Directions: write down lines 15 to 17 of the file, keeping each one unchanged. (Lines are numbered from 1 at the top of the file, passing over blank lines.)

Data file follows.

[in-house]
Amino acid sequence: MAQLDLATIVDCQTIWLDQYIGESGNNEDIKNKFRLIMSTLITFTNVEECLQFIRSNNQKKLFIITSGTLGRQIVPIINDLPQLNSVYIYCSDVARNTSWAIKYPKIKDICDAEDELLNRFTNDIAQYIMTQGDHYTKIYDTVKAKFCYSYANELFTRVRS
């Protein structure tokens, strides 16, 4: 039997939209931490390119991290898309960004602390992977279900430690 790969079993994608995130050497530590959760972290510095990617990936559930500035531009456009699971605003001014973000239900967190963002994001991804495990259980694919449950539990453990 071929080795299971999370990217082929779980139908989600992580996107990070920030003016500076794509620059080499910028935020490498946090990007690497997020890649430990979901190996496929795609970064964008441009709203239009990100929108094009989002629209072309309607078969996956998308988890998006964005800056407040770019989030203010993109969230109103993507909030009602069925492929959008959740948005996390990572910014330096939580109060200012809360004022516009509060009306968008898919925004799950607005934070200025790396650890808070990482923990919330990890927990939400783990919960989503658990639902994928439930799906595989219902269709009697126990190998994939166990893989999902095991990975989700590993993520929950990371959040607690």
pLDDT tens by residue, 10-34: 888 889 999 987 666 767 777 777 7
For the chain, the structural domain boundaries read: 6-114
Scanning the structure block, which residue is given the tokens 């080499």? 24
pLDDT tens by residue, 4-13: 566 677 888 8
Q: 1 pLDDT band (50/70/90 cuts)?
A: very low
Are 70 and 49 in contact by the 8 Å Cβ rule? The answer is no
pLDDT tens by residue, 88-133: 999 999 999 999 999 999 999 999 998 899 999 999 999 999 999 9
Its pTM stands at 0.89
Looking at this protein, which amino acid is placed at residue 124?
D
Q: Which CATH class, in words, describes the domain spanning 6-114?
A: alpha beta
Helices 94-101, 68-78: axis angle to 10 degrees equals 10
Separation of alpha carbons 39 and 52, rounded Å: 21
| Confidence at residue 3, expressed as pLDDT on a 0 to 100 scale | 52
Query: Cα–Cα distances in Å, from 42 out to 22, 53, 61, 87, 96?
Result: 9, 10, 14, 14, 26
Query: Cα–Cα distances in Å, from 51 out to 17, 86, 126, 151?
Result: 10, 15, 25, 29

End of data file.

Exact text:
Q: Which CATH class, in words, describes the domain spanning 6-114?
A: alpha beta
Helices 94-101, 68-78: axis angle to 10 degrees equals 10